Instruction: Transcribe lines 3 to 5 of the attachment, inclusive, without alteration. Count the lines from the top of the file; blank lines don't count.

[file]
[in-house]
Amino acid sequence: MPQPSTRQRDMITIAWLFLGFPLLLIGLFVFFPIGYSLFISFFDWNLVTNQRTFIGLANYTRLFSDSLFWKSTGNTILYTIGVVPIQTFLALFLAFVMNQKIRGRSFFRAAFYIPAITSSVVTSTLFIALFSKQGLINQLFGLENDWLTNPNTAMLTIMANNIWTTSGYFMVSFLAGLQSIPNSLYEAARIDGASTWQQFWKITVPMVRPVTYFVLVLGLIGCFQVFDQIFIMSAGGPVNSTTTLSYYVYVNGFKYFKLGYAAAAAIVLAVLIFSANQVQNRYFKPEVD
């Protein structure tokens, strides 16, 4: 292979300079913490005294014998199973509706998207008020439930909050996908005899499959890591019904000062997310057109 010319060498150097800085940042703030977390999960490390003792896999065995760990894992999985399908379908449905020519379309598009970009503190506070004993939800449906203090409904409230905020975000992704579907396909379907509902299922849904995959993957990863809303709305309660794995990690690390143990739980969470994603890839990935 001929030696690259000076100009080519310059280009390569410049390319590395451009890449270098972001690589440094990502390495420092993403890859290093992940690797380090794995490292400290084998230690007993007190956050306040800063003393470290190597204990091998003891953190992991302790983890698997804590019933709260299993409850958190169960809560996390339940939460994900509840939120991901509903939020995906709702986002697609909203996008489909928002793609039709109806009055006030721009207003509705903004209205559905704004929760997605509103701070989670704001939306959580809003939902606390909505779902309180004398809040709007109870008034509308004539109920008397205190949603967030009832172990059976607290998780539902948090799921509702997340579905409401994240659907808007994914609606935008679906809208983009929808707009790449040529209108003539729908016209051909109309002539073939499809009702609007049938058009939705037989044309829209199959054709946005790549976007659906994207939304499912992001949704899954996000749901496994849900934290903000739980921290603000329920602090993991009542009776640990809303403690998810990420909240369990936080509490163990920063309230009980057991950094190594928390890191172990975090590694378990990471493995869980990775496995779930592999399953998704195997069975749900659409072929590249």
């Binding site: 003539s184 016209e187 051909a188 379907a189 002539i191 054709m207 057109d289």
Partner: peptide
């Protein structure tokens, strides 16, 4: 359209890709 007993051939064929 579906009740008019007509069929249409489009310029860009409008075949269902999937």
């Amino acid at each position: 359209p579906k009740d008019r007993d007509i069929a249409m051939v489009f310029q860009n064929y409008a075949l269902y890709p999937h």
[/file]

């Protein structure tokens, strides 16, 4: 292979300079913490005294014998199973509706998207008020439930909050996908005899499959890591019904000062997310057109 010319060498150097800085940042703030977390999960490390003792896999065995760990894992999985399908379908449905020519379309598009970009503190506070004993939800449906203090409904409230905020975000992704579907396909379907509902299922849904995959993957990863809303709305309660794995990690690390143990739980969470994603890839990935 001929030696690259000076100009080519310059280009390569410049390319590395451009890449270098972001690589440094990502390495420092993403890859290093992940690797380090794995490292400290084998230690007993007190956050306040800063003393470290190597204990091998003891953190992991302790983890698997804590019933709260299993409850958190169960809560996390339940939460994900509840939120991901509903939020995906709702986002697609909203996008489909928002793609039709109806009055006030721009207003509705903004209205559905704004929760997605509103701070989670704001939306959580809003939902606390909505779902309180004398809040709007109870008034509308004539109920008397205190949603967030009832172990059976607290998780539902948090799921509702997340579905409401994240659907808007994914609606935008679906809208983009929808707009790449040529209108003539729908016209051909109309002539073939499809009702609007049938058009939705037989044309829209199959054709946005790549976007659906994207939304499912992001949704899954996000749901496994849900934290903000739980921290603000329920602090993991009542009776640990809303403690998810990420909240369990936080509490163990920063309230009980057991950094190594928390890191172990975090590694378990990471493995869980990775496995779930592999399953998704195997069975749900659409072929590249």
């Binding site: 003539s184 016209e187 051909a188 379907a189 002539i191 054709m207 057109d289």
Partner: peptide